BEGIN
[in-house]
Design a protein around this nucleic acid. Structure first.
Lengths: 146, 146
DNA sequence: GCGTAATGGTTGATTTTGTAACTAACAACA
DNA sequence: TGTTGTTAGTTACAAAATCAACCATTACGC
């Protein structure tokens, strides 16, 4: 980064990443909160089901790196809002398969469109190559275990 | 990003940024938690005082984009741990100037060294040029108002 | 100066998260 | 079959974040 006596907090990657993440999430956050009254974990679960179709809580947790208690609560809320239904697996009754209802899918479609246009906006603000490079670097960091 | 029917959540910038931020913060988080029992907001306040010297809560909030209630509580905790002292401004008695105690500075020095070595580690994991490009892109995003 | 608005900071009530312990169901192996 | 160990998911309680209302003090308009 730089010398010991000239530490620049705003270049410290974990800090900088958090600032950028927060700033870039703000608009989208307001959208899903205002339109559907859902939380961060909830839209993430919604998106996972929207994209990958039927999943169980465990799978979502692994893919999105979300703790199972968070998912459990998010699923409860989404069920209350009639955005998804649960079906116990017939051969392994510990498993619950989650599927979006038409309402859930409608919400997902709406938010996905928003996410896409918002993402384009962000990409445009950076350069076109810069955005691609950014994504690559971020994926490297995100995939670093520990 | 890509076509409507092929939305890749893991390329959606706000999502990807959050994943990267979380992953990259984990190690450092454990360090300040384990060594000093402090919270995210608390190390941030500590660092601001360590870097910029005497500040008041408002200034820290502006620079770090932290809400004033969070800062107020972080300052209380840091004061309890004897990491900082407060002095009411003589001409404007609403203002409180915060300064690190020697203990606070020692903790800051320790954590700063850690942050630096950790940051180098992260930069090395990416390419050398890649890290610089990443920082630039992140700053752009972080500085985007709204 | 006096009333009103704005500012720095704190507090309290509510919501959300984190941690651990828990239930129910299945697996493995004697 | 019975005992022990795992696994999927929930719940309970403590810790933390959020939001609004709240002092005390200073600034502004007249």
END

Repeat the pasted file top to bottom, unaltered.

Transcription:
[in-house]
Design a protein around this nucleic acid. Structure first.
Lengths: 146, 146
DNA sequence: GCGTAATGGTTGATTTTGTAACTAACAACA
DNA sequence: TGTTGTTAGTTACAAAATCAACCATTACGC
């Protein structure tokens, strides 16, 4: 980064990443909160089901790196809002398969469109190559275990 | 990003940024938690005082984009741990100037060294040029108002 | 100066998260 | 079959974040 006596907090990657993440999430956050009254974990679960179709809580947790208690609560809320239904697996009754209802899918479609246009906006603000490079670097960091 | 029917959540910038931020913060988080029992907001306040010297809560909030209630509580905790002292401004008695105690500075020095070595580690994991490009892109995003 | 608005900071009530312990169901192996 | 160990998911309680209302003090308009 730089010398010991000239530490620049705003270049410290974990800090900088958090600032950028927060700033870039703000608009989208307001959208899903205002339109559907859902939380961060909830839209993430919604998106996972929207994209990958039927999943169980465990799978979502692994893919999105979300703790199972968070998912459990998010699923409860989404069920209350009639955005998804649960079906116990017939051969392994510990498993619950989650599927979006038409309402859930409608919400997902709406938010996905928003996410896409918002993402384009962000990409445009950076350069076109810069955005691609950014994504690559971020994926490297995100995939670093520990 | 890509076509409507092929939305890749893991390329959606706000999502990807959050994943990267979380992953990259984990190690450092454990360090300040384990060594000093402090919270995210608390190390941030500590660092601001360590870097910029005497500040008041408002200034820290502006620079770090932290809400004033969070800062107020972080300052209380840091004061309890004897990491900082407060002095009411003589001409404007609403203002409180915060300064690190020697203990606070020692903790800051320790954590700063850690942050630096950790940051180098992260930069090395990416390419050398890649890290610089990443920082630039992140700053752009972080500085985007709204 | 006096009333009103704005500012720095704190507090309290509510919501959300984190941690651990828990239930129910299945697996493995004697 | 019975005992022990795992696994999927929930719940309970403590810790933390959020939001609004709240002092005390200073600034502004007249």